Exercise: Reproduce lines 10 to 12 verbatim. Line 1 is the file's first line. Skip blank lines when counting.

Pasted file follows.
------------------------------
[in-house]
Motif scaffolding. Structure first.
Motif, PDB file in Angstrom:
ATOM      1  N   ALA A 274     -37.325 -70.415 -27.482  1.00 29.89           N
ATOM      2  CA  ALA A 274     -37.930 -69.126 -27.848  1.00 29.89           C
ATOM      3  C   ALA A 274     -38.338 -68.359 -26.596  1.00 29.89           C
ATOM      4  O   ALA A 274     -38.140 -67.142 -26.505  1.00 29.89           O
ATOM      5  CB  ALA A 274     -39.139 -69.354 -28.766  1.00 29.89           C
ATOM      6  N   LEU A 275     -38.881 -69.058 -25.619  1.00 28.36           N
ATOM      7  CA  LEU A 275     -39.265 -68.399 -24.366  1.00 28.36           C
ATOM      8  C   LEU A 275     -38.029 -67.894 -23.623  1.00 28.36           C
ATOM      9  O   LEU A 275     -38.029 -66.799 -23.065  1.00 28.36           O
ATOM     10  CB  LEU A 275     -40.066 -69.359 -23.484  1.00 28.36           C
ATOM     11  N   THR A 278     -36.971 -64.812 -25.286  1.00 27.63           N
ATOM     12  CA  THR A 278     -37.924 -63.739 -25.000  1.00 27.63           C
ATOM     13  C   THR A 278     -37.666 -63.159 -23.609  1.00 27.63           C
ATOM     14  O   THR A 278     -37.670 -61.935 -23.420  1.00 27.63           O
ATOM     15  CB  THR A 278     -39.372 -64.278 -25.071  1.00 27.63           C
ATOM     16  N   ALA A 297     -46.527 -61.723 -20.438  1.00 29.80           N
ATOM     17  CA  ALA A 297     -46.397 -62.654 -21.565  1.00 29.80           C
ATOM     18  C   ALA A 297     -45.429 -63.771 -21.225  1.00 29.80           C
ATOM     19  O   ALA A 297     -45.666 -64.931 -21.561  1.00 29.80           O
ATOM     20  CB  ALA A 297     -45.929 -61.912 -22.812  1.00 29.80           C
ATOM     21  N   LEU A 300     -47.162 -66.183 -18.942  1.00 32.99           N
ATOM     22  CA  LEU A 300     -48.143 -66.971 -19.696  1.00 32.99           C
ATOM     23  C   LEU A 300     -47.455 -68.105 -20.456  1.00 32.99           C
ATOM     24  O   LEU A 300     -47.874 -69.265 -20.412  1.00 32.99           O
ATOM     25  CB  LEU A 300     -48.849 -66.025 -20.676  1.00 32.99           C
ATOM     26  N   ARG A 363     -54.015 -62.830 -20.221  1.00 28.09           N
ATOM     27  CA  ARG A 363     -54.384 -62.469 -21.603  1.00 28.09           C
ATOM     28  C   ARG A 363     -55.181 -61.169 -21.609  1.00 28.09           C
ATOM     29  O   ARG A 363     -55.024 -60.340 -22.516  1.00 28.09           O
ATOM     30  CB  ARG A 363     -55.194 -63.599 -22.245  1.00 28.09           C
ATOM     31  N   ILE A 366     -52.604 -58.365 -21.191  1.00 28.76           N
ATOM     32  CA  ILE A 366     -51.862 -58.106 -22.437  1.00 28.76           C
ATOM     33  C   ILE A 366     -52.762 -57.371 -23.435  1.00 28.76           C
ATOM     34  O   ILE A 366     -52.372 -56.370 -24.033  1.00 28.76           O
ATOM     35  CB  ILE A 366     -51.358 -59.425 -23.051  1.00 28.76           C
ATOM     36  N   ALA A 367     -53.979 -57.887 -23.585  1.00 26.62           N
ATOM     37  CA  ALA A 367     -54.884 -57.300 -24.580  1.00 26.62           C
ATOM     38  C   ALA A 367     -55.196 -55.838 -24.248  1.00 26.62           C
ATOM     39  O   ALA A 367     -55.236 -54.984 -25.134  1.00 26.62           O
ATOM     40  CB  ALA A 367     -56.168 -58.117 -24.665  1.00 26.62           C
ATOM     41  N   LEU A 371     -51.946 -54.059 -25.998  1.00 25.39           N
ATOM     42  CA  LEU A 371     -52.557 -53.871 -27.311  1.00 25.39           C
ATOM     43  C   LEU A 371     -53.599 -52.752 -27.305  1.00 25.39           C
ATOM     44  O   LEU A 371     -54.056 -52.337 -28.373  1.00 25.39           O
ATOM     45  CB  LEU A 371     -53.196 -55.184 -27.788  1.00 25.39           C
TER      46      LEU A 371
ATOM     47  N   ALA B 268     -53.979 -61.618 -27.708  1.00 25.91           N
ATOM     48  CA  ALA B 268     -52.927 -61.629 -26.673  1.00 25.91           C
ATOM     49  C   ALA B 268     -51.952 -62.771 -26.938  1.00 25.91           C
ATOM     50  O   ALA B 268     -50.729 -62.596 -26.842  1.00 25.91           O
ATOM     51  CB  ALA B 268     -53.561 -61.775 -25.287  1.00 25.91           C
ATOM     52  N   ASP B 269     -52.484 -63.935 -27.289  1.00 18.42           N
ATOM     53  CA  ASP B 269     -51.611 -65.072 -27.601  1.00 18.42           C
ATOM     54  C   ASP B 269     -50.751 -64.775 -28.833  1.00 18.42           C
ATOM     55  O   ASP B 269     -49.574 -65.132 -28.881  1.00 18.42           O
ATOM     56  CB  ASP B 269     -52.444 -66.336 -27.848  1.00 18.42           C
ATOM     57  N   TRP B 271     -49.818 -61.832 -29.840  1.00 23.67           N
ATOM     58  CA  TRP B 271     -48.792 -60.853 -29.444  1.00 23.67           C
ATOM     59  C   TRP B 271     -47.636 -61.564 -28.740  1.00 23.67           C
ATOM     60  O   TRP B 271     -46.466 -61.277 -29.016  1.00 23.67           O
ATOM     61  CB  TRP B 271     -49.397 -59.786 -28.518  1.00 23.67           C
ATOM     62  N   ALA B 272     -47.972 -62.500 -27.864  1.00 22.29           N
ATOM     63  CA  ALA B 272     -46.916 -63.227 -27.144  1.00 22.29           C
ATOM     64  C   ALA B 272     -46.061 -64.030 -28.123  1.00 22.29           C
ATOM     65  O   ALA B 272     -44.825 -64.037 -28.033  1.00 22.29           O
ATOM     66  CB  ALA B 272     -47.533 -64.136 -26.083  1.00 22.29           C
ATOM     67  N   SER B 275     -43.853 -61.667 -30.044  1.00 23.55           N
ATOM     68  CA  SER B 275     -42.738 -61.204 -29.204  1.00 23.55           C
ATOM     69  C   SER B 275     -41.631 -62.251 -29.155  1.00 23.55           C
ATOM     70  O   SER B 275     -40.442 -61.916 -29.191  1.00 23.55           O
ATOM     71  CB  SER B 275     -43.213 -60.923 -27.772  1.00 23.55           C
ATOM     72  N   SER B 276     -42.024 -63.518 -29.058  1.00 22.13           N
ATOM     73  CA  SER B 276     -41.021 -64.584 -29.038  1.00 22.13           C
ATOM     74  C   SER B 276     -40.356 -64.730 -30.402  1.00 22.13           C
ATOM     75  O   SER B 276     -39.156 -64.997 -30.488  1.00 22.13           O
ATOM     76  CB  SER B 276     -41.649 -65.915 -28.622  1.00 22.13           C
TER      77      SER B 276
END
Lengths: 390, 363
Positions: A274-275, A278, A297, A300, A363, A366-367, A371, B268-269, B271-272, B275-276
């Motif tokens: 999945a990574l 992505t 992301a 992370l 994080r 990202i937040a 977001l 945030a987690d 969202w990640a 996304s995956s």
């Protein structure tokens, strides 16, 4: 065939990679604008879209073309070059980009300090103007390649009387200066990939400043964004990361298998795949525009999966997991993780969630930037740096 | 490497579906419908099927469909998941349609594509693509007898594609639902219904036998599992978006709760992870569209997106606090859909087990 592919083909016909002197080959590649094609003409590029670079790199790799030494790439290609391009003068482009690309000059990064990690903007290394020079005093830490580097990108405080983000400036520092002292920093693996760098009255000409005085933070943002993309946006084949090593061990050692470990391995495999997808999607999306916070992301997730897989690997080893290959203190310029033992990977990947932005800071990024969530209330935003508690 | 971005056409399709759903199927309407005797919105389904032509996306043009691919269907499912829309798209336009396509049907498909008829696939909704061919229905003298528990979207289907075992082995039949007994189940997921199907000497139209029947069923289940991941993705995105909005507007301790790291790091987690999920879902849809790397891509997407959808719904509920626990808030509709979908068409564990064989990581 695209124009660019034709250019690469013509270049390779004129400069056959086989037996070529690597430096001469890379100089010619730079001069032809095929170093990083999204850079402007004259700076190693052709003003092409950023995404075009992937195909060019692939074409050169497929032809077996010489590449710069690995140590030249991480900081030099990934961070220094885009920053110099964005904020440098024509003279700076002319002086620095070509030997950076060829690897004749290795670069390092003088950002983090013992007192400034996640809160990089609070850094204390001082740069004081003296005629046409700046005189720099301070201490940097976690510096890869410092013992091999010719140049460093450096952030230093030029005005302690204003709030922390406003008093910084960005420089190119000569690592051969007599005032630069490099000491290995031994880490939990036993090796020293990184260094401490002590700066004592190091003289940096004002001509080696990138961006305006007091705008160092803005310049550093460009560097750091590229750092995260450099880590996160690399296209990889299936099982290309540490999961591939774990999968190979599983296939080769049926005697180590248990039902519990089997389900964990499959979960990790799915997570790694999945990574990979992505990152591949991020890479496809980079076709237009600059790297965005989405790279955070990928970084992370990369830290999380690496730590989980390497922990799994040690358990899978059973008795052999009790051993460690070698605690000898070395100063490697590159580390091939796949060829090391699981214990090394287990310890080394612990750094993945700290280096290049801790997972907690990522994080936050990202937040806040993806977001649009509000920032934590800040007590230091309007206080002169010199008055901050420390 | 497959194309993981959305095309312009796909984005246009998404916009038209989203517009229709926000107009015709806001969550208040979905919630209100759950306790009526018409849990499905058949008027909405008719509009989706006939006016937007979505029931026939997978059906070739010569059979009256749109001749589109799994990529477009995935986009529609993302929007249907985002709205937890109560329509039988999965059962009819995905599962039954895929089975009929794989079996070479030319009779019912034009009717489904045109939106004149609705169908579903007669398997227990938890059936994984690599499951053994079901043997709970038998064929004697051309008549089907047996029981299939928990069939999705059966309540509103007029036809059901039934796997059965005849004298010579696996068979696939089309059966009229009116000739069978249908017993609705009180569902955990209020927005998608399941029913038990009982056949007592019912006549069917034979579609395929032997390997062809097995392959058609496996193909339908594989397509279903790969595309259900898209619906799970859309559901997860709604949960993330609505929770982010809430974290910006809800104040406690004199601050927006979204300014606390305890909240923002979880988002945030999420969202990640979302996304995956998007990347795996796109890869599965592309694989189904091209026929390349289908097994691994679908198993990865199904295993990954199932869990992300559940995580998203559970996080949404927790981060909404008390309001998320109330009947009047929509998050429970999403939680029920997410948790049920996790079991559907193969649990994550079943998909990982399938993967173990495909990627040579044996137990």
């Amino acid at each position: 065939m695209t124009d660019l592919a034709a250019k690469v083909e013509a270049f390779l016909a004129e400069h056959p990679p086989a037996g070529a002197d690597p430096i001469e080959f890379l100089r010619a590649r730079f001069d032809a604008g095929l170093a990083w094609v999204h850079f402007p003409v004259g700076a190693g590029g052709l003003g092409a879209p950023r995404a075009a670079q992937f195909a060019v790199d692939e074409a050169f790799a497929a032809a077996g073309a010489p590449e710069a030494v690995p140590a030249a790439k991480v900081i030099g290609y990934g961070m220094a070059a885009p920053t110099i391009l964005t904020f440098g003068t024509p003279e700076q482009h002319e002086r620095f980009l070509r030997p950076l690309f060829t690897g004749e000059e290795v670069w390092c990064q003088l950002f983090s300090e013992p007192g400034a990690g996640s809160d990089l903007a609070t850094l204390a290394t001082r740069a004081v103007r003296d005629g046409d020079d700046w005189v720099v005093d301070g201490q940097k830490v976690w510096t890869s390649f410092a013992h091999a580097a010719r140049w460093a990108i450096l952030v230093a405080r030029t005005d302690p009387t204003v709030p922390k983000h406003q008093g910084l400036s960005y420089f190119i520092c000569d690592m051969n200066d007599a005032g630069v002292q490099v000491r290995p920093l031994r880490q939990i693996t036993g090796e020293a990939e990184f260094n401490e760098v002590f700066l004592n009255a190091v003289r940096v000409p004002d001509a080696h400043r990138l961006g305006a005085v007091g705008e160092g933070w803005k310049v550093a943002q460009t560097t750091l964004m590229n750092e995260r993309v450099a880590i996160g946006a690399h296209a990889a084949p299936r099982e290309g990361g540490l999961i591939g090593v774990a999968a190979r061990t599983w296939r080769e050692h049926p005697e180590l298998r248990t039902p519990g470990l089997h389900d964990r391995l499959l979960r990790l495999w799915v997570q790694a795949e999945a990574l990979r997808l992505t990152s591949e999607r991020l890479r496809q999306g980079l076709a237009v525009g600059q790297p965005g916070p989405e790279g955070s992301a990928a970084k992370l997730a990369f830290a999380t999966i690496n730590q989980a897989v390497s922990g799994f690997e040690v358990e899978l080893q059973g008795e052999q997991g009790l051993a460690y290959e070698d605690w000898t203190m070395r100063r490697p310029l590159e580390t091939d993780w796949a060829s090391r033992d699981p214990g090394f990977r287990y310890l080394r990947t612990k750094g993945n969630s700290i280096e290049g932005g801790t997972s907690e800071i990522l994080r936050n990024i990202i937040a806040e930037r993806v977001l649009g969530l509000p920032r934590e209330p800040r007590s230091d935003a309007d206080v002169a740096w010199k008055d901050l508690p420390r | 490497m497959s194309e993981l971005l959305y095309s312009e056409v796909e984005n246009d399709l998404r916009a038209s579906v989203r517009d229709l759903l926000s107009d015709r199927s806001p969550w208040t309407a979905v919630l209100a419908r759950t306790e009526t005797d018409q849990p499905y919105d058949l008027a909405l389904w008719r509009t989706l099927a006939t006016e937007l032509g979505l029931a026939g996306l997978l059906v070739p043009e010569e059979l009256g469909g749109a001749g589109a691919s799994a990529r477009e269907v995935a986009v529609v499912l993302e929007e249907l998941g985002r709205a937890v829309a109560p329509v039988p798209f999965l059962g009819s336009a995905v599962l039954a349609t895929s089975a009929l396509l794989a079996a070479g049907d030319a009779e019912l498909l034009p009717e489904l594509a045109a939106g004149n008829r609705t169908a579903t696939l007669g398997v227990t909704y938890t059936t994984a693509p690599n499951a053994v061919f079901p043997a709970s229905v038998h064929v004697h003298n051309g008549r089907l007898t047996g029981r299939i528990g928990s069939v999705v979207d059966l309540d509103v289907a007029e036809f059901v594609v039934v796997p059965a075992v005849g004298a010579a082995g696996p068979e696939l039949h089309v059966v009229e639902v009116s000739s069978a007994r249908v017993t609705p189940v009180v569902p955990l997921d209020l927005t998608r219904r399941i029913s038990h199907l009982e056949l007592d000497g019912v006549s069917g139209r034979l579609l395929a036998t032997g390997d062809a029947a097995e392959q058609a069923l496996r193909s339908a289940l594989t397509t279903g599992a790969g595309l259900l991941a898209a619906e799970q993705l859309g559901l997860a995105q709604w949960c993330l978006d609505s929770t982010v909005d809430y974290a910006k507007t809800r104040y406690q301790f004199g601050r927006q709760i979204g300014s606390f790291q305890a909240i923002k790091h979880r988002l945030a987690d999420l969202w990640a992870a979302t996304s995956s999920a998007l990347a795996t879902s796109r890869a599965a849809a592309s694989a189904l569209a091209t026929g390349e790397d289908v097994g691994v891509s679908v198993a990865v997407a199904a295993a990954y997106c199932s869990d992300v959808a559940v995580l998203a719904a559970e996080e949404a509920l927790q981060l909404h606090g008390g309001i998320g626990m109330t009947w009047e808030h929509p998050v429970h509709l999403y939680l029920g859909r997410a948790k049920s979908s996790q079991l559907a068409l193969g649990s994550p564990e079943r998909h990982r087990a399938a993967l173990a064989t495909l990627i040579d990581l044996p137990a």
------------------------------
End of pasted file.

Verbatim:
ATOM      7  CA  LEU A 275     -39.265 -68.399 -24.366  1.00 28.36           C
ATOM      8  C   LEU A 275     -38.029 -67.894 -23.623  1.00 28.36           C
ATOM      9  O   LEU A 275     -38.029 -66.799 -23.065  1.00 28.36           O